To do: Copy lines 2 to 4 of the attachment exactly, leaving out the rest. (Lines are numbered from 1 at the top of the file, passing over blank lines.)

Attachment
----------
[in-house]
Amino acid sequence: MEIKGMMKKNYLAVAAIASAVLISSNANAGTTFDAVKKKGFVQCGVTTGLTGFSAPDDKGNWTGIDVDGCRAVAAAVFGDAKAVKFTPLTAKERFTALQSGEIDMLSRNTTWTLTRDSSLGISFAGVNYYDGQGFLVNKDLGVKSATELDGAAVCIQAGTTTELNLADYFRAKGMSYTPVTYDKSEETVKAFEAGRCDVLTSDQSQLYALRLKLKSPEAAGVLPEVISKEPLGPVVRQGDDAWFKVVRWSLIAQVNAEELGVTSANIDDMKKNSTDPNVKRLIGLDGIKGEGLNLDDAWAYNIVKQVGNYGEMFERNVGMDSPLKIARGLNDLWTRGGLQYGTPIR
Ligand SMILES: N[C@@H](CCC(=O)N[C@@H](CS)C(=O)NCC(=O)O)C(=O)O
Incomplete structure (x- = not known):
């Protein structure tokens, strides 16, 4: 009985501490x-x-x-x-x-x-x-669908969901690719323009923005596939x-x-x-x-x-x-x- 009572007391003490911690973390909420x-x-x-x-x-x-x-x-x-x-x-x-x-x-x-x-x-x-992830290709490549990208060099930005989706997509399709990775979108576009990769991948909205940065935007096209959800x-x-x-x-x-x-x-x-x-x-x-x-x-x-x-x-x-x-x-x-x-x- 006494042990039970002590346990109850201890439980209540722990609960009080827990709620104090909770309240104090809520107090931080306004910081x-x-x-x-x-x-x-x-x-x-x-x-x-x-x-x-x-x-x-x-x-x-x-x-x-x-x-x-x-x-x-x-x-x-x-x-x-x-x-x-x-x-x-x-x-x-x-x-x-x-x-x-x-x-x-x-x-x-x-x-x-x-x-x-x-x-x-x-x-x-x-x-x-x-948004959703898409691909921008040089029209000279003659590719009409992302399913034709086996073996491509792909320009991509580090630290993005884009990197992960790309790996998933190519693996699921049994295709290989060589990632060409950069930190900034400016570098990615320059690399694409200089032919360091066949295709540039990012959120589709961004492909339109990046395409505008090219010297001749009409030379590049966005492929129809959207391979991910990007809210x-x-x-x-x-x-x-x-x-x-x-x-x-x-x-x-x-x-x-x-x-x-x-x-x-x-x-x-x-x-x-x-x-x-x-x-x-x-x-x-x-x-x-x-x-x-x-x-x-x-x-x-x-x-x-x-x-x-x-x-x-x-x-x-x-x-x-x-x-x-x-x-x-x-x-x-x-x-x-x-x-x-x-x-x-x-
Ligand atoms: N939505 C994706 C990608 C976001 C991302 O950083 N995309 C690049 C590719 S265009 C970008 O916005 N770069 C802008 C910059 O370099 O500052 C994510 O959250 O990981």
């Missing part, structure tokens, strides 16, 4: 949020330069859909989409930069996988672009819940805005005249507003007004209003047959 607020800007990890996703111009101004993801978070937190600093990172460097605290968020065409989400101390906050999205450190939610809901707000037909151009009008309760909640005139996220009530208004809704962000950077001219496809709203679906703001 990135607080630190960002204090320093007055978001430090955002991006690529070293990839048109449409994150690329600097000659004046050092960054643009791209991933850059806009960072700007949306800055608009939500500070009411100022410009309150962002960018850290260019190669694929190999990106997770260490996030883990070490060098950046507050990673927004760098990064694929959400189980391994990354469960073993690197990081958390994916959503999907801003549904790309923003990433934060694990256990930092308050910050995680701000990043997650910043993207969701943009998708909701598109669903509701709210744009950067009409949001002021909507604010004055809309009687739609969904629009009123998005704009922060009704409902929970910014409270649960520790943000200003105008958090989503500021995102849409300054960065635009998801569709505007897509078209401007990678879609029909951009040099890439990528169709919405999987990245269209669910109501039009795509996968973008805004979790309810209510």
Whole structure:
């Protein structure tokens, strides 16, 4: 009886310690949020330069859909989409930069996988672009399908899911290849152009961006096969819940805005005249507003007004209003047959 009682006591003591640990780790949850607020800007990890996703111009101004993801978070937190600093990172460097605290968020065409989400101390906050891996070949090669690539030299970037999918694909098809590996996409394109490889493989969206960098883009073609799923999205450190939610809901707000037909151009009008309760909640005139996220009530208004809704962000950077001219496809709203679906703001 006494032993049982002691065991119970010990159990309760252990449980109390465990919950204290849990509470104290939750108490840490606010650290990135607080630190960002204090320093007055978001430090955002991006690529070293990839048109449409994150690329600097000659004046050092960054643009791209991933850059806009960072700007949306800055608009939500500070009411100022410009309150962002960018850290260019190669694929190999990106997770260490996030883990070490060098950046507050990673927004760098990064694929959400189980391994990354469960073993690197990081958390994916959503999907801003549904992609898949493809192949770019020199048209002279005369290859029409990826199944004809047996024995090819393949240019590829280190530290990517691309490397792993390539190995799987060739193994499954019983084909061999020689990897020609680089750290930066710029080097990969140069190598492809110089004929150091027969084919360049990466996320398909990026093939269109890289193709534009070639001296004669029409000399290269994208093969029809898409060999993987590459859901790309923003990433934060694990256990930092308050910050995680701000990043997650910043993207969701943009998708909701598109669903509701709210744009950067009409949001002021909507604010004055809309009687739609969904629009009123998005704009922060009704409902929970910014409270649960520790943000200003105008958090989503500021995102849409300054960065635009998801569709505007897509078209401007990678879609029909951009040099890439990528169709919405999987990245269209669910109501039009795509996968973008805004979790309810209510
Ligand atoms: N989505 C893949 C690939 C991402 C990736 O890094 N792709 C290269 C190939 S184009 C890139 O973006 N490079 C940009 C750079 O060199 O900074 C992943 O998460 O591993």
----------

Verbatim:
Amino acid sequence: MEIKGMMKKNYLAVAAIASAVLISSNANAGTTFDAVKKKGFVQCGVTTGLTGFSAPDDKGNWTGIDVDGCRAVAAAVFGDAKAVKFTPLTAKERFTALQSGEIDMLSRNTTWTLTRDSSLGISFAGVNYYDGQGFLVNKDLGVKSATELDGAAVCIQAGTTTELNLADYFRAKGMSYTPVTYDKSEETVKAFEAGRCDVLTSDQSQLYALRLKLKSPEAAGVLPEVISKEPLGPVVRQGDDAWFKVVRWSLIAQVNAEELGVTSANIDDMKKNSTDPNVKRLIGLDGIKGEGLNLDDAWAYNIVKQVGNYGEMFERNVGMDSPLKIARGLNDLWTRGGLQYGTPIR
Ligand SMILES: N[C@@H](CCC(=O)N[C@@H](CS)C(=O)NCC(=O)O)C(=O)O
Incomplete structure (x- = not known):